Zero-Curtain Effect

The zero-curtain effect occurs in cold (particularly periglacial) environments where the phase transition of water to ice is retarded due to latent heat release. The effect is notably found in arctic and alpine permafrost sediments, and occurs where the air temperature falls below 0°C (the freezing point of water) followed by a rapid drop in soil temperature.[1]

Because of this effect, the lowering of temperature in moist, cold ground does not happen at a uniform rate. The loss of heat through conduction is reduced when water freezes, and latent heat is released. This heat of fusion is continually released until all the subsurface water has frozen, at which point temperatures can continue to fall.[2]

Therefore, for as long as water is available to the system (for example, through cryosuction/capillary action) the temperature of the sediment will remain at a constant temperature.


External links

  • Zero Curtain at
This article was sourced from Creative Commons Attribution-ShareAlike License; additional terms may apply. World Heritage Encyclopedia content is assembled from numerous content providers, Open Access Publishing, and in compliance with The Fair Access to Science and Technology Research Act (FASTR), Wikimedia Foundation, Inc., Public Library of Science, The Encyclopedia of Life, Open Book Publishers (OBP), PubMed, U.S. National Library of Medicine, National Center for Biotechnology Information, U.S. National Library of Medicine, National Institutes of Health (NIH), U.S. Department of Health & Human Services, and, which sources content from all federal, state, local, tribal, and territorial government publication portals (.gov, .mil, .edu). Funding for and content contributors is made possible from the U.S. Congress, E-Government Act of 2002.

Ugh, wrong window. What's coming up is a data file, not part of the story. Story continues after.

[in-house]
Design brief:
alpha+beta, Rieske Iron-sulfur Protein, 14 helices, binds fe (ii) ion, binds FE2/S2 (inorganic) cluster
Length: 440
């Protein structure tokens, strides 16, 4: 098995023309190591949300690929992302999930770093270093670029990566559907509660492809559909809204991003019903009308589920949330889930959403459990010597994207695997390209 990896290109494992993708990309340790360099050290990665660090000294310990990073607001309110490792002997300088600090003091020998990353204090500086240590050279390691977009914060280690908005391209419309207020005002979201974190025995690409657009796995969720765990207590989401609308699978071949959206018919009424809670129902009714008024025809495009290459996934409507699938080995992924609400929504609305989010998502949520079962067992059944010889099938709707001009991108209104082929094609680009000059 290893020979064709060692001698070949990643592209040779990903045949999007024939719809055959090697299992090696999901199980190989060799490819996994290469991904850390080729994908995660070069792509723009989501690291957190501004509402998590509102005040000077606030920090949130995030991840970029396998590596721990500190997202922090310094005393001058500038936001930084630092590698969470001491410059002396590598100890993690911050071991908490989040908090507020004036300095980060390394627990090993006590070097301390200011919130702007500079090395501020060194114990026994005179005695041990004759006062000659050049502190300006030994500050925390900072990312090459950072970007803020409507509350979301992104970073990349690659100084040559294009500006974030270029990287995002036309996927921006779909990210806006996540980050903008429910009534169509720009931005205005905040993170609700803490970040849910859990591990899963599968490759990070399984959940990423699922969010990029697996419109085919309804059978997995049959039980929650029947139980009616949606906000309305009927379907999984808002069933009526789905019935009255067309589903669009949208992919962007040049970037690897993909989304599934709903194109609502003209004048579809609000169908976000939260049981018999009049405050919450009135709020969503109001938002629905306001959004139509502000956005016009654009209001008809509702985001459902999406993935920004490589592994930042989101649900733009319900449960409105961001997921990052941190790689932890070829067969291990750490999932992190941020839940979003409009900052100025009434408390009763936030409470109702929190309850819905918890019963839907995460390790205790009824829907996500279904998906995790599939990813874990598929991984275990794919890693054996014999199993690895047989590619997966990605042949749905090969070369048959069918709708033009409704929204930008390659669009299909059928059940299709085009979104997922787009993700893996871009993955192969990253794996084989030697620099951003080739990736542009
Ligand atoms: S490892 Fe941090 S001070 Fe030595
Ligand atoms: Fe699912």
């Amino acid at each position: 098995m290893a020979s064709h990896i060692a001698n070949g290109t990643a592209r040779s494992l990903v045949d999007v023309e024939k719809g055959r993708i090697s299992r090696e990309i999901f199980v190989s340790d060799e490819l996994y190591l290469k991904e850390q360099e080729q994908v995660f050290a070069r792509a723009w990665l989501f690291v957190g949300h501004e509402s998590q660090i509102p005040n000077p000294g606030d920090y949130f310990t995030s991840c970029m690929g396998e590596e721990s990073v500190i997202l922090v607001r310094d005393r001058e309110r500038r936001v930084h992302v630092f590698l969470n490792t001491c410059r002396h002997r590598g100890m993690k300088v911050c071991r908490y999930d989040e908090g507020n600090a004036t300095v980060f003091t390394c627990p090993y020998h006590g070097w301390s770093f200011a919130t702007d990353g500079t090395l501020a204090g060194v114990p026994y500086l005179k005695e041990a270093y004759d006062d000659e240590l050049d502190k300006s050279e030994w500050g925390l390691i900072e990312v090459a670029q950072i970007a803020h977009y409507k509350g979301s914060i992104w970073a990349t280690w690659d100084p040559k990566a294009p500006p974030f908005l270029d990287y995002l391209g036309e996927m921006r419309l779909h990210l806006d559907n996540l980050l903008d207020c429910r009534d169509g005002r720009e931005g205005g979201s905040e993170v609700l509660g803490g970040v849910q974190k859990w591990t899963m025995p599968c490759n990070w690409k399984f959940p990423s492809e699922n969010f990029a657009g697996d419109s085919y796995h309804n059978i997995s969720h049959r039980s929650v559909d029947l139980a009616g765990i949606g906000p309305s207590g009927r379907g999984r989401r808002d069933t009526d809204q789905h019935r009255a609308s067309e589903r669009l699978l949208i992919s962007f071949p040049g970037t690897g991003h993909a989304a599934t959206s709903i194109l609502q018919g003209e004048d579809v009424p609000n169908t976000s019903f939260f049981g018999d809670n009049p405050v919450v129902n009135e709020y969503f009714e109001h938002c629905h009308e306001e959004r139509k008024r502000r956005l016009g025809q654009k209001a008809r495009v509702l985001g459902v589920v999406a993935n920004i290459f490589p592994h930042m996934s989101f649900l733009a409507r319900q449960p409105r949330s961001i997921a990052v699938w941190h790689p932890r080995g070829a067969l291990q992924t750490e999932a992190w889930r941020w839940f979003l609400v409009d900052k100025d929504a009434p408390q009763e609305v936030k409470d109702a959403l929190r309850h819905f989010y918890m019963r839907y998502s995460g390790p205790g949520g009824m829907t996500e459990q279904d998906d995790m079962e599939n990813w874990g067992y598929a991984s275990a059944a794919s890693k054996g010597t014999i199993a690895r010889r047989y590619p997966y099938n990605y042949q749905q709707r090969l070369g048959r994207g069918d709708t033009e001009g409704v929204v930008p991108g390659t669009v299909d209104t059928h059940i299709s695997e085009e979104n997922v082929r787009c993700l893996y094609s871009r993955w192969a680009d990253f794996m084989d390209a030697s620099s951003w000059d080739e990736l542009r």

Crowd sourced content that is contributed to World Heritage Encyclopedia is peer reviewed and edited by our editorial staff to ensure quality scholarly research articles.
By using this site, you agree to the Terms of Use and Privacy Policy. World Heritage Encyclopedia™ is a registered trademark of the World Public Library Association, a non-profit organization.